How Is Dramatic Tension Created in the Trial Scene of 'the Merchant of Venice'?

2045 Words Aug 22nd, 2005 9 Pages
How does Shakespeare create dramatic interest for the audience in the trial scene, Act 4 scene 1 in ‘The Merchant of Venice'?

In the trial scene (act 4 scene 1), Shakespeare uses many different dramatic techniques to make the tension in the court room rise and build. He also uses dramatic irony and many other techniques to engage an audience in this particular scene in the play. These techniques would work have worked on an Elizabethan audience or a modern day audience. Although, these two eras do not share the same views on some of the things Shakespeare wrote about, the same mood and ideas are given across through Shakespeare's use of dramatic techniques.
The previous knowledge which the audience holds about the previous acts and
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The audience's tension and general interest in the scene would have built up because they are now beginning to understand just how much Shylock wants Antonio's flesh. The idea of him being determined to receive the pound of flesh is repeated over and over so that the audience understands Shylock's stubbornness and his determination.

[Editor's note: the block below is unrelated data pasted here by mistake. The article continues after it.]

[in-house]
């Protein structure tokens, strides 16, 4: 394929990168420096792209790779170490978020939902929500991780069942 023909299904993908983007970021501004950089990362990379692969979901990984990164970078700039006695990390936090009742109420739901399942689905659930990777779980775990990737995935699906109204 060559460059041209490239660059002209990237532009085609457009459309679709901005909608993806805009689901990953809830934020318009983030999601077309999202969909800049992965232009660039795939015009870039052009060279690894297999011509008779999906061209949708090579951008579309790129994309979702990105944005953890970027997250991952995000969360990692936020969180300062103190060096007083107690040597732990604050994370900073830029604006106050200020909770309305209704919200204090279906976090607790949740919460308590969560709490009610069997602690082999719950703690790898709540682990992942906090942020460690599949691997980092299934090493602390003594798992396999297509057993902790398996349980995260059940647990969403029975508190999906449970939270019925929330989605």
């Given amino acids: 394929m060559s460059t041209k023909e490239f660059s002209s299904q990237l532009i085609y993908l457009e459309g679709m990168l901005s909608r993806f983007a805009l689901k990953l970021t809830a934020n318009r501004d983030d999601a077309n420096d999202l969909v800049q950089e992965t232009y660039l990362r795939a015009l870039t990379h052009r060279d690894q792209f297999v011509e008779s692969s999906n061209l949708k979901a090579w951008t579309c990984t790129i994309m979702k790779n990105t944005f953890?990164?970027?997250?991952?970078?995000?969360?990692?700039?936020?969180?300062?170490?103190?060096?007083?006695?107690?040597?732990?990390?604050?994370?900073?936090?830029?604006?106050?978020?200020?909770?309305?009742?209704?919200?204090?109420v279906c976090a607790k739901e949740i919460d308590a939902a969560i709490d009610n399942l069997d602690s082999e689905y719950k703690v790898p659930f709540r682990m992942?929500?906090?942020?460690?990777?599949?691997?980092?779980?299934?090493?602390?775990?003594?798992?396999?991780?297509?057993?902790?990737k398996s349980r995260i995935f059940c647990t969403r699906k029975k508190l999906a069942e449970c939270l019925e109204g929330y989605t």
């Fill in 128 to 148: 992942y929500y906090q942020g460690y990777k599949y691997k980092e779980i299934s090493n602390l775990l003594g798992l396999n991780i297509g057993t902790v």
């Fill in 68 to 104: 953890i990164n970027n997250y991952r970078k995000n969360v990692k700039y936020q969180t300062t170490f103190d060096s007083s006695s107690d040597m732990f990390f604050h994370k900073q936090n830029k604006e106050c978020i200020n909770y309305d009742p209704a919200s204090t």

The dramatic tension continues building when Portia or ‘Balthazar' enters the court. Balthazar is the doctor who can save Antonio from Shylock's bond. The tension rises as the audience wonder if she will be recognised by her husband, Bassanio. Because Venice is a male dominated society, Portia and Nerissa had to dress as males to enter and to be accepted into the society. In order to leave Venice, Jessica (Shylock's daughter) also had to dress as a male. This shows that women are not accepted into the society and to gain any respect around the men, they too have to become males. This is interesting and creates dramatic interest in the scene because it would be interesting for the audience to see if Portia can save Antonio's life and outsmart Shylock at the same time. The audience will be interested in the scene because they will wonder if the women will get away with tricking their husbands and if Antonio or Gratiano realise that they are in fact their wives. Portia holds some of the qualities of a man (quick thinking, intelligence and wit), and this is interesting to the audience as they can see her act as a man
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